Austrian Billionaire Raises $270 Million From an Art Nouveau Landmark

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Billionaire Rene Benko monetized the signing of a long-term lease on a historical Vienna property by selling 99-year bonds worth almost twice what the building was valued in September.

An early 20th century Art Nouveau jewel, formerly the headquarter of the Austrian postal savings bank, backs 250 million euros ($270 million) of covered notes sold to German insurerR+V Versicherung AG, according to a mortgage deed linked to the securities that was filed to the Austrian land register this month. No prospectus or terms were published for the deal.

An official at Signa and a representative of R+V declined to comment on the deal.

Purchased in 2013, the then vacant landmark building was held in the books of Benko’s real estate firmSigna Prime Selection AG with a gross asset value of 130 million euros just last year, according to aprospectus for a different bond marketed in September.

That was before Signa in November reached an agreement for a 99-year lease with the Austrian government’s real estate manager BIG, which plans to transfer there some state university faculties. The agreement ensures that the historical lobby remains open to the public and to architecture students who come to Vienna to study the building. Art students will also be able to have a base close to Vienna’s many inner-city cultural institutions.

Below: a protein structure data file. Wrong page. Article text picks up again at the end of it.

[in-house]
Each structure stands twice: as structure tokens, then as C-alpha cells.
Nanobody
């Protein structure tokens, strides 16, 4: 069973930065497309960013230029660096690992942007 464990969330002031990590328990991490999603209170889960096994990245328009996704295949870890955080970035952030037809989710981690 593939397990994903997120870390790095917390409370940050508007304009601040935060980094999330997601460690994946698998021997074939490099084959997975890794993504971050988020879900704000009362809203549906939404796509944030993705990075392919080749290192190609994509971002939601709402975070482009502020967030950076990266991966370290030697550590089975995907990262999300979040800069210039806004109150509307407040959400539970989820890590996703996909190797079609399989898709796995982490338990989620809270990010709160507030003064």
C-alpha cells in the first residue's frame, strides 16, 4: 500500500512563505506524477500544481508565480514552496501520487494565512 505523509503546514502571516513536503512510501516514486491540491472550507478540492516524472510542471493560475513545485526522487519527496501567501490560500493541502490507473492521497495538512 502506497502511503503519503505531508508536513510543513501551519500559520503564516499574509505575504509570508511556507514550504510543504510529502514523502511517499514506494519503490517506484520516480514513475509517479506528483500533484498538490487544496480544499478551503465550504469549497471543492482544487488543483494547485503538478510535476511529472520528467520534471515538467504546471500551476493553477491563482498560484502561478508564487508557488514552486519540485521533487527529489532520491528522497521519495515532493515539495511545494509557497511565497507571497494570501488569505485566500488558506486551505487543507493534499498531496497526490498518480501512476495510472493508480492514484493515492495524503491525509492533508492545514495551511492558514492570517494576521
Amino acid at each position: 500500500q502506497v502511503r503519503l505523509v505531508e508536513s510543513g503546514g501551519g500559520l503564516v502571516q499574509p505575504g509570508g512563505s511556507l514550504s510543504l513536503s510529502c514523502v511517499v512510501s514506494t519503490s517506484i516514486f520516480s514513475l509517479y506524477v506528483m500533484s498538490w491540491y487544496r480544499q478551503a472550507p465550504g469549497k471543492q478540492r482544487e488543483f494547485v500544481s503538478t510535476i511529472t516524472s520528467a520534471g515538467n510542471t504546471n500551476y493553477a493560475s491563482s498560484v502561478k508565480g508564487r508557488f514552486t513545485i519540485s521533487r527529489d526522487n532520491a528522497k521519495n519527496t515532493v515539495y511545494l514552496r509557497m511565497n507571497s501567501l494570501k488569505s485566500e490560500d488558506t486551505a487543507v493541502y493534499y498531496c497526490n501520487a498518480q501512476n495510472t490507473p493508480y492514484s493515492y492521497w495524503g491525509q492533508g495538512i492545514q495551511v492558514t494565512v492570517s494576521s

The securities yield around 1.5%, according to a person familiar with the deal. That pricing is based on an annual rent of around 3.5 million euros BIG is paying, according to the person, who asked not to be identified because the deal was private. Signa revalued the building, known in German as Postsparkasse, to more than 300 million euros after the deal with BIG was struck, the person said. BIG wasn’t immediately available for a comment.

Austria’s 100-year government bond due 2117 yields about 0.8%, according to data compiled by Bloomberg.Prime office yields that building owners generate from long-term private tenants in Vienna are below 3.5%, according to Vienna-based real estate adviser EHL. Signa is foregoing a higher market rent from a hotel or luxury flats for the long-term term cash flows from a zero-risk tenant.

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Benko, 42, has become a notable player in real estate with his bold bet that inner city retail spaces will continue to thrive even amid a shift to online shopping. This month, the Innsbruck-born financier bought half of Swiss upscale retailer Globus. Last year, he completed the takeover of Germany’s Kaufhof departments stores buying a 50% stake fromHudson’s Bay Co. and merging it with theKarstadt department stores he already owned.

To help finance his spree, Benko relies on private debt and equity placements and closely-held companies. Among the shareholders of Signa Prime are insurers including R+V, trusts and wealthy European families. An attempt to tap a wider range of investors with a senior unsecured bonddidn’t lead to a deal last year.

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